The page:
Budy P. Resosudarmo, Associate Professor Arndt-Corden Division of Economics Crawford School of Economics and Government, The Australian National University Canberra, ACT 0200 Australia

10. Distributional Consequences of Transport Fuel Taxes in Ethiopia
Alemu Mekonnen, Assistant Professor, School of Economics, Addis Ababa University and Research Fellow at the Environmental Economics Policy Forum for Ethiopia, Ethiopian Development Research Institute, Ethiopia.
Rahel Deribe, Junior Researcher, Environmental Economics Policy Forum for Ethiopia, Ethiopian Development Research Institute, Ethiopia.
Liyousew Gebremedhin, Data Manager, Environmental Economics Policy Forum for Ethiopia, Ethiopian Development Research Institute, Ethiopia.

11. Political Petrol Pricing: the Distributional Impact of Ghana's Fuel Subsidies
Wisdom Akpalu, Department of History, Economics and Politics, Farmingdale State College, State University of New York, USA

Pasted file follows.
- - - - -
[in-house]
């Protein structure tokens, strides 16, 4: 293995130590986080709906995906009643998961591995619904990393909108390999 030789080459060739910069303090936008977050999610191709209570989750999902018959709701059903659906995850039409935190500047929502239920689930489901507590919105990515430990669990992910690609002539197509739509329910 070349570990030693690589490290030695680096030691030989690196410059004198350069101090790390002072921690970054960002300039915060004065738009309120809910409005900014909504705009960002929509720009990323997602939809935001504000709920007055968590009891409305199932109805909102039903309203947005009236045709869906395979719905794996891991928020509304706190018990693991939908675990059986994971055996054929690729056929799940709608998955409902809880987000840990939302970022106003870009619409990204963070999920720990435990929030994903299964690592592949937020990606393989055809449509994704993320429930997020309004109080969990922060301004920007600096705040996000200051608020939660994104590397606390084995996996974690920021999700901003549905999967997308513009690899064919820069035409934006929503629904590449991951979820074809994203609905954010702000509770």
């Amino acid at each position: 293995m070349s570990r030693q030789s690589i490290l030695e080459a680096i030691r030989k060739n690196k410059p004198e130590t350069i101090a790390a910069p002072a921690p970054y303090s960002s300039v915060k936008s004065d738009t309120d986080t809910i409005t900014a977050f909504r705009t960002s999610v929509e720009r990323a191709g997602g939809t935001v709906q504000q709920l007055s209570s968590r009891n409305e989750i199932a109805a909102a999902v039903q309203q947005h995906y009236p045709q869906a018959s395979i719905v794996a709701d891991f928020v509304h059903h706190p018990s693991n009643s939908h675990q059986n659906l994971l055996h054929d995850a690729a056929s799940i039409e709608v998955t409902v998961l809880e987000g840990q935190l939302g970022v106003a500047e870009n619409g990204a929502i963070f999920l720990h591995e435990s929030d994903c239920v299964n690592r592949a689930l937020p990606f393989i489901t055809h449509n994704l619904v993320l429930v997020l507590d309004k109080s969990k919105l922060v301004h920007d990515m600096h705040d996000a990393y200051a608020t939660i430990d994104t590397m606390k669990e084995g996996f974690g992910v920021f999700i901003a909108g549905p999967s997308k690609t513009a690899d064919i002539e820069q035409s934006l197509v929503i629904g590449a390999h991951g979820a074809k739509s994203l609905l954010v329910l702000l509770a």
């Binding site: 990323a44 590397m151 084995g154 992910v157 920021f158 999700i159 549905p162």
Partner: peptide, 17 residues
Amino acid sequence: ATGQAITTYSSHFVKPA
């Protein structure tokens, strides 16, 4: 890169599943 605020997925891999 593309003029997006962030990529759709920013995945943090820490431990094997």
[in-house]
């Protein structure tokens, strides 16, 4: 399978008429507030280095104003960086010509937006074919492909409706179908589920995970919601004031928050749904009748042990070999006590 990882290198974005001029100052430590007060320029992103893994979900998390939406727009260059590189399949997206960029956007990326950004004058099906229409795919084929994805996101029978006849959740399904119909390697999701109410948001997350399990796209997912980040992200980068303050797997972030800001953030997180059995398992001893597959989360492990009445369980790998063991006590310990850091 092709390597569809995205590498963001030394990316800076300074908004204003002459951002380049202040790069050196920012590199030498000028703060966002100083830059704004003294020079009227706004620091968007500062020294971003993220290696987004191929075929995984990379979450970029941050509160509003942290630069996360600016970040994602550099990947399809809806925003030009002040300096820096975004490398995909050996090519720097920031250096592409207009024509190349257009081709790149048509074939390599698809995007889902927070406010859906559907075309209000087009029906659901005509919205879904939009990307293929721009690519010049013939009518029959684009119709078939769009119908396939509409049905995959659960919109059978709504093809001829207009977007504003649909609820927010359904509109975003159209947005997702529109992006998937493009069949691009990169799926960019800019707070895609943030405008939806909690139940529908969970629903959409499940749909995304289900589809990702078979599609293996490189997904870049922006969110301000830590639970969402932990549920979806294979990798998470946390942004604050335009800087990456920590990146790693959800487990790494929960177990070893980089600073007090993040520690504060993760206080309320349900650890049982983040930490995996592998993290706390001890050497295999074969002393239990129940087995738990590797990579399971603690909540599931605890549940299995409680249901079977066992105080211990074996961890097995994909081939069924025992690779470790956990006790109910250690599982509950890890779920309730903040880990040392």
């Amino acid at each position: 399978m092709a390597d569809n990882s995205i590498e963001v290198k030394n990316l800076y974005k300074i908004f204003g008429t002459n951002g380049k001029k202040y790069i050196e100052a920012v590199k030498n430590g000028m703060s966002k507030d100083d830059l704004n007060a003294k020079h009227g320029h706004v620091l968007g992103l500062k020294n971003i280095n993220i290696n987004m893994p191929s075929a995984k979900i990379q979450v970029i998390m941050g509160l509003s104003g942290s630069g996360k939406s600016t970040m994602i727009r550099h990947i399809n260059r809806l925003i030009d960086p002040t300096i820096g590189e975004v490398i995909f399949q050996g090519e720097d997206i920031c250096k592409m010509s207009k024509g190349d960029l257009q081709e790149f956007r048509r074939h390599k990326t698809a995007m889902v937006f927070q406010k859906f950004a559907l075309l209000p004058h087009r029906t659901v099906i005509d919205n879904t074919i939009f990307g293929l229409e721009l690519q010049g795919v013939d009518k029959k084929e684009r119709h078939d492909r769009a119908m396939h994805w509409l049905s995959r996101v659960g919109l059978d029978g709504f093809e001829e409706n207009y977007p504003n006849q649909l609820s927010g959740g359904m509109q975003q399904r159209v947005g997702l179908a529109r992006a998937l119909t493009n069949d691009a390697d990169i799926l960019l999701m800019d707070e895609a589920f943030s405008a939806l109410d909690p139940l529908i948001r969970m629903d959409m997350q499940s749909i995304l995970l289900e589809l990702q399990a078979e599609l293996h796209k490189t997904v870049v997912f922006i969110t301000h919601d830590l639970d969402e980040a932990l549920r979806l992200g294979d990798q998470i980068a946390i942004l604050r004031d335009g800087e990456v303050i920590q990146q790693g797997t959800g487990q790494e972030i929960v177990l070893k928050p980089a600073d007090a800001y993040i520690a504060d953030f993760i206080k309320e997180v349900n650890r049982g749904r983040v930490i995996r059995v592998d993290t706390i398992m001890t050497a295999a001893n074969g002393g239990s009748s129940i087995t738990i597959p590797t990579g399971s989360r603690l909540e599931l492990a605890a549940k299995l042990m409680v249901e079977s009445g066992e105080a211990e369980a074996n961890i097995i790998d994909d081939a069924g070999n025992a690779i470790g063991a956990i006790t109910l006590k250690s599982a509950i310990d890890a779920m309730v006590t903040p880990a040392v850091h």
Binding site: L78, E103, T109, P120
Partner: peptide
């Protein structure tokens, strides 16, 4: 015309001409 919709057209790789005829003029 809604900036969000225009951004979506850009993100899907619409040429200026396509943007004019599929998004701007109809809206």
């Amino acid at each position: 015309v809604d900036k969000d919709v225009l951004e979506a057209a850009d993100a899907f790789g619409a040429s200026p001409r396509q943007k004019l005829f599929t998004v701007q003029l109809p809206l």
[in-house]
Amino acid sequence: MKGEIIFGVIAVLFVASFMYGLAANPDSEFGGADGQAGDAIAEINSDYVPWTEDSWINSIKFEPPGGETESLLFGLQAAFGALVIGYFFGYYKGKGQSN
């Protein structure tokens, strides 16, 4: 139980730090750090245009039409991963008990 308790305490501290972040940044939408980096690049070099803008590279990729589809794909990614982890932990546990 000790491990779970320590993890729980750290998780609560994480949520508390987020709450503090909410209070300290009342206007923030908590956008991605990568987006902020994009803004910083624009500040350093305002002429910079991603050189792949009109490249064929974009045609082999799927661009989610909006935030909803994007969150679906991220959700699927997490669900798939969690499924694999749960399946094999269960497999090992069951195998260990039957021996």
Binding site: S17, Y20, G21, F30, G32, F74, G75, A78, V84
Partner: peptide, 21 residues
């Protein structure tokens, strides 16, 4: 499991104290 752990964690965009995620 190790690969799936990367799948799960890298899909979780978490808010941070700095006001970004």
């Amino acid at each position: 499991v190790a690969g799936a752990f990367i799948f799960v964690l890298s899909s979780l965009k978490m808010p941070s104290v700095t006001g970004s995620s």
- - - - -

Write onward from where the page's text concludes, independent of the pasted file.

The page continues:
Elizabeth J Z Robinson, Associate Professor of Economics, School of Business, Economics, and Law, University of Gothenburg and Research Associate, Environment for Development Tanzania

12. Distributional Effects of Transport Fuel Taxes in Kenya: Case of Nairobi
John M. Mutua, Kenya Institute for Public Policy Research and Analysis (KIPPRA), and Junior Research Fellow, Environment for Development, Center for Kenya
Martin Börjesson, Department of Energy and Environment, Chalmers University of Technology, Sweden
Thomas Sterner; Department of Economics, University of Gothenburg, Sweden and University Fellow at Resources for the Future, Washington, DC

13. Assessing the Impact of Oil Price Changes on Income Distribution in Mali: An Input-Output Approach
Kangni Kpodar, International Monetary Fund, Washington, DC